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Meet the Columnist

Columnist, Sheila Moss, is humor writer from  Tennessee. She writes  a weekly human interest column about daily life and the funny things that happen to everyone.

   She has written for  the Daily News of Kingsport,   Griffin Journal, Oakridge Now, Atlanta Woman Magazine, Aberdeen Examiner, Angleton Advocate,  and Smyrna AM, a supplement of the Murfreesboro Daily News Journal. She has been published by Voyageur Press, McGraw Hill, and the good folks at Guidepost Books.  Her articles have appeared in numerous anthologies and other publications, both in print and online.

    She is a former board member and past  Editor of  the, website of  the National Society of Newspaper Columnists, the oldest and largest professional organization for columnists. She is the Web Editor of Southern  and  a founder of the Southern Humorists writers' organization. She is writer, editor, and webmaster of

    To carry her weekly column in your newspaper, or to republish an article, please contact her. It's that easy. 

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The American Flag

A Living Symbol Ė The American Flag

The other day I was down at the discount mart and noticed a display of American flags. The red, white, and blue caught my eye and I stopped to check them out.

"Oh," I thought, "I donít really need a flag."

I used to have a flag that I displayed on patriotic holidays. Through the years the flag wore out and was never replaced. I sort of miss that feeling of patriotic pride that comes from displaying the flag.

I decided that I needed a flag after all, so I bought one. It is a beautiful flag with the stars embroidered instead of printed and the stripes sewn together in different colors.

I took it home and opened it up to look at it. Then I folded it up to return it to the plastic package.

"Grandma, you folded it wrong!" exclaimed my 8-year-old grandson.

You know, he was right. There is a special way to fold the flag in a triangular shape with the only the blue field visible.

This made me think more about the flag, and what it symbolizes.

The flag is a symbol of a living nation. As such, we are to treat the flag as if it is a living thing, according to flag etiquette. Thinking of it in this way makes it much easier for me to understand how to regard the flag.

At one time the flag was flown only from dawn to dusk and not at night. Now, however, it is considered correct to fly it at night as long it is illuminated. I hope it isnít lonely out there all by itself. I hope it is brave like the 15 star flag that flew at night and inspired Francis Scott Key to write the Star Spangled Banner.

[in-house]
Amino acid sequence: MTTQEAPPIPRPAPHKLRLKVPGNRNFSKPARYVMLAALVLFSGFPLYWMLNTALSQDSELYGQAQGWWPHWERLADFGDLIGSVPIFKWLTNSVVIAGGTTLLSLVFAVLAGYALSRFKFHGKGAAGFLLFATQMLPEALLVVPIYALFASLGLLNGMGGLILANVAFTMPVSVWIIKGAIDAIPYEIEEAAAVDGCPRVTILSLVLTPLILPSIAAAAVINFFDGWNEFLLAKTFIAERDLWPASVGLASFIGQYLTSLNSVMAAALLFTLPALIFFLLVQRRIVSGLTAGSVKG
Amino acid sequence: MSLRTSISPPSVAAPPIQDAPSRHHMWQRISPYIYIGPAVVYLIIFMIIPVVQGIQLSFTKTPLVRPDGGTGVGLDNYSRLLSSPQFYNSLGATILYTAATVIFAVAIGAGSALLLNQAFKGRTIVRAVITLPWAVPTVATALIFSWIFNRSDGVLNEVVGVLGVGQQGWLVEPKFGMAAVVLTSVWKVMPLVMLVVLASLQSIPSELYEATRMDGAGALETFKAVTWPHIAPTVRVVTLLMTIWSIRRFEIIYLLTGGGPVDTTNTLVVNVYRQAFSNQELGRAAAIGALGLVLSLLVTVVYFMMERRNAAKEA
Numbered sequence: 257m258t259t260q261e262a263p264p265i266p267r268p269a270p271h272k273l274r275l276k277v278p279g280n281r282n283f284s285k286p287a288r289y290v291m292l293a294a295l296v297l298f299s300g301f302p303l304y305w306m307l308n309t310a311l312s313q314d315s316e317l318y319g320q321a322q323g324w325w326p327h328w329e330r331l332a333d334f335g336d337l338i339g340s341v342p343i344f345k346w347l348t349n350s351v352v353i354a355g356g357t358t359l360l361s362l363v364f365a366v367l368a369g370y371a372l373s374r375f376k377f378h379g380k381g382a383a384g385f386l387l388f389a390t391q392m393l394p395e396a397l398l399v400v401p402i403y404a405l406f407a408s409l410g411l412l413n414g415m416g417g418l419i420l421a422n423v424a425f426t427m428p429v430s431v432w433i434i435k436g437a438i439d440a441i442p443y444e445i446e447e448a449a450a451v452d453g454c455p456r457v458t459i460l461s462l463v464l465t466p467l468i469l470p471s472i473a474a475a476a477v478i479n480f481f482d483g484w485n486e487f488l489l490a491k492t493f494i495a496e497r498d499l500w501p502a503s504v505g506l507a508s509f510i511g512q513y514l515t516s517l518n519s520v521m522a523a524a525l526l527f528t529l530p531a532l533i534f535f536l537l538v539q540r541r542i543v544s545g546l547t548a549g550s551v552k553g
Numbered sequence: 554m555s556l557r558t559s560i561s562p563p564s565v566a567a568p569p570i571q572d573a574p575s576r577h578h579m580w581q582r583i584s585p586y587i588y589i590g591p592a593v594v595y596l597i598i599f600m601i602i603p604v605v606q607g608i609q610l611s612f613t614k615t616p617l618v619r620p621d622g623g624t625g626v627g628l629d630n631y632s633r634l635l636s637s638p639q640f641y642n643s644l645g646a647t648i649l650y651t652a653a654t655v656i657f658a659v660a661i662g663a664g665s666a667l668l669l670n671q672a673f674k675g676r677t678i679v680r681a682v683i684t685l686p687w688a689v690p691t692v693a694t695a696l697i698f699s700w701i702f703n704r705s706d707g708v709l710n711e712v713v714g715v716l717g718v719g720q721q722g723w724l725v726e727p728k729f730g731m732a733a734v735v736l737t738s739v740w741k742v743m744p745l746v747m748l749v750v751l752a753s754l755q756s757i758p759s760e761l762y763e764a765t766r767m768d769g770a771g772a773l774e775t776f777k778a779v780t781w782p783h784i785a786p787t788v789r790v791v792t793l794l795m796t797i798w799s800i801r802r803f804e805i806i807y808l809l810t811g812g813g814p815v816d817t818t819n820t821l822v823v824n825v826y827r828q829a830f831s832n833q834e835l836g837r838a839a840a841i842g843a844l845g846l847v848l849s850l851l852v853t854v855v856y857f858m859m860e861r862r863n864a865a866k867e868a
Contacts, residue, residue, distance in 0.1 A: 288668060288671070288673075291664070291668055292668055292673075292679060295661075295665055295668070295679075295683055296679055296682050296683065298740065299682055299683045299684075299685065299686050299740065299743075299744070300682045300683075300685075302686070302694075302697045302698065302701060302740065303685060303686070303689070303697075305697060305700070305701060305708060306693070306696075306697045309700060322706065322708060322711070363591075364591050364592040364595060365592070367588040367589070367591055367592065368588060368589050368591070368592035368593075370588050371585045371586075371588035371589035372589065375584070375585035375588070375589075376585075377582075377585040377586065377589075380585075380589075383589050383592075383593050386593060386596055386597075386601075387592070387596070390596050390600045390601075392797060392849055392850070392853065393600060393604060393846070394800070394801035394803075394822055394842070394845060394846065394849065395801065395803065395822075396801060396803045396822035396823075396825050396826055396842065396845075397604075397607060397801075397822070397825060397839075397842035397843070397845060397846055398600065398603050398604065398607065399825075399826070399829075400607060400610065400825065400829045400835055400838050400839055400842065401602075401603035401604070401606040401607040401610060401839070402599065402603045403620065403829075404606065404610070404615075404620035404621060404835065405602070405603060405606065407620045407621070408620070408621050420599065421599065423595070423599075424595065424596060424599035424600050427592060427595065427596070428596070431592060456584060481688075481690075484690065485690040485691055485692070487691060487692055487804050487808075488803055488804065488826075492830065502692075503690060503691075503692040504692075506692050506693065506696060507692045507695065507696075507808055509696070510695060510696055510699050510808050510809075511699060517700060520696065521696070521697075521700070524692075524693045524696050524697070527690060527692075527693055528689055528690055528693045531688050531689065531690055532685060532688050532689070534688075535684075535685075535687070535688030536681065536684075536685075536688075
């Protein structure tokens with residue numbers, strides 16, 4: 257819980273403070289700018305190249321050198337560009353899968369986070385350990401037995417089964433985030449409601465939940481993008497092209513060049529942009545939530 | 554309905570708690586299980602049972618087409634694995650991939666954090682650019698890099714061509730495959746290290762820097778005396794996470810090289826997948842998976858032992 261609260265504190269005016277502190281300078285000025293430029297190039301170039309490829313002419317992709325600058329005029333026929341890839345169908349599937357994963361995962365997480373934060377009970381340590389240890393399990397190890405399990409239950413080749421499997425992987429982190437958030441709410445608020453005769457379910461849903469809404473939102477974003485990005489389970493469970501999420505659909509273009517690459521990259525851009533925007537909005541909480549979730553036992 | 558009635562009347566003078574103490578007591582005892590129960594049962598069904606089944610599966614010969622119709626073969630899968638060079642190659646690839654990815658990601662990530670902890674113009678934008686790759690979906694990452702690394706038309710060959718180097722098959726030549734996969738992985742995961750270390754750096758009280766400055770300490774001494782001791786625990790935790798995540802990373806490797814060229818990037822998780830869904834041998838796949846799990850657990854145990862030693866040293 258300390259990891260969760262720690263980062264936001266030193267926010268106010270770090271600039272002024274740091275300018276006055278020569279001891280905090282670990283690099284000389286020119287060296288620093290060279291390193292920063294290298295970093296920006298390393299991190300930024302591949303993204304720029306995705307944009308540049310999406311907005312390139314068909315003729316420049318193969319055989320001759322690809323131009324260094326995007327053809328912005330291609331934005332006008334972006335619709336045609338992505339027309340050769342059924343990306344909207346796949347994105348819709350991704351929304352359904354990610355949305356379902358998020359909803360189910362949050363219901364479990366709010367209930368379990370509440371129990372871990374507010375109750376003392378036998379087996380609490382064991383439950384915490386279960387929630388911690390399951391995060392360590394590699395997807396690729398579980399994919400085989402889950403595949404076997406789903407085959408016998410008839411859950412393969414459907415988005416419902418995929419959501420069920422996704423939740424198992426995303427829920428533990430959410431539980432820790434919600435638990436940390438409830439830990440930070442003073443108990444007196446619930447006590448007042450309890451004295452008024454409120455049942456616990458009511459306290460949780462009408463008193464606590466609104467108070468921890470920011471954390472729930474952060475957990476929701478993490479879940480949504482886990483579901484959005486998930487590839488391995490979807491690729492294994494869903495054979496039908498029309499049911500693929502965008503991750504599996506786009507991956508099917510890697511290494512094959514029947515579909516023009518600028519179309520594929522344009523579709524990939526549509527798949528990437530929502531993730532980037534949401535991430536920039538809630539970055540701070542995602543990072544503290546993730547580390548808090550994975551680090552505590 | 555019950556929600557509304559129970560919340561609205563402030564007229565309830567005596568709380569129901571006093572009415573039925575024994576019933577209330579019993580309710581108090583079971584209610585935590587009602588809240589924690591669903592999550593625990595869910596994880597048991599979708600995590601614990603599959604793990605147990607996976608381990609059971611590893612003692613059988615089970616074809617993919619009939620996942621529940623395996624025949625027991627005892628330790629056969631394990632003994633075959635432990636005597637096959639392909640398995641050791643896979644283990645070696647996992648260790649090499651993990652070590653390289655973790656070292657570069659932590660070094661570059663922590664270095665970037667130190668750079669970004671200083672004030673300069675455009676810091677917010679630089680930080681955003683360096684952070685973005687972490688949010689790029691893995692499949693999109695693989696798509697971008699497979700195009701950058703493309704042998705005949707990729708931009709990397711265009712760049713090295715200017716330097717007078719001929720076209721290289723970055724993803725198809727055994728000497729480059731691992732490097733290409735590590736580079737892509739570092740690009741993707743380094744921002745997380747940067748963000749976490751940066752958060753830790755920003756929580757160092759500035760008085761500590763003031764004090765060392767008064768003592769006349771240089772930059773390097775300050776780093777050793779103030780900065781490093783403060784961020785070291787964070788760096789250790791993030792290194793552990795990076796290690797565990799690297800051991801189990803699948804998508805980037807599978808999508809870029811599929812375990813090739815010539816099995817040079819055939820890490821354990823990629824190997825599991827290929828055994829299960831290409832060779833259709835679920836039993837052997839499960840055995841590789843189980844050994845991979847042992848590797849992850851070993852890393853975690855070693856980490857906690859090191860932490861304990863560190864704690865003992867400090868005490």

There is no official meaning for the colors of red, white and blue or reason given as to why they were chosen. Generally, it is thought that white is for purity and innocence, red for valor, and blue for vigilance, perseverance, and justice. These seem almost like human qualities, donít they?

We have heard the legend of how Betsy Ross made the first flag at the request of George Washington, and that it was she who suggested the five-pointed star. This story is challenged by scholars, however, who believe it is unlikely.

The flag has one star for each state, and one stripe for each of the 13 original colonies. The blue area of the flag is known as the "union." I think the flag probably enjoys its nickname of "Old Glory."

Way back in 1942 a "Flag Code" was established by Congress, which is periodically updated and gives the rules about how to properly display the flag of our country. I found out it must be folded in the triangular shape only if it is to be displayed while folded. I think Iíll fold it in the triangular shape anyhow.

If you donít mind waiting, you can have a flag that has flown over the Capitol Building for a very reasonable charge. You only have to contact your Congressman or Senator or visit their website. I suppose these flags feel very special since they have represented their county in Washington.

The flag can be flown on any day, but there are certain days that seem more appropriate to me: Flag Day, Memorial Day, Independence Day, and Veteransí Day come to mind. However, I am so excited about the new flag that I canít wait.

The flag is flying at my home now, waving freely and proudly, as it should. The feeling that comes from displaying the flag is the same as I remembered. We donít have to wait for a holiday or a time of national disaster. We can be proud of our country any time we like.

So, show your colors. Keep our countryís symbol alive. Fly the American Flag!

Copyright 2007 Sheila Moss


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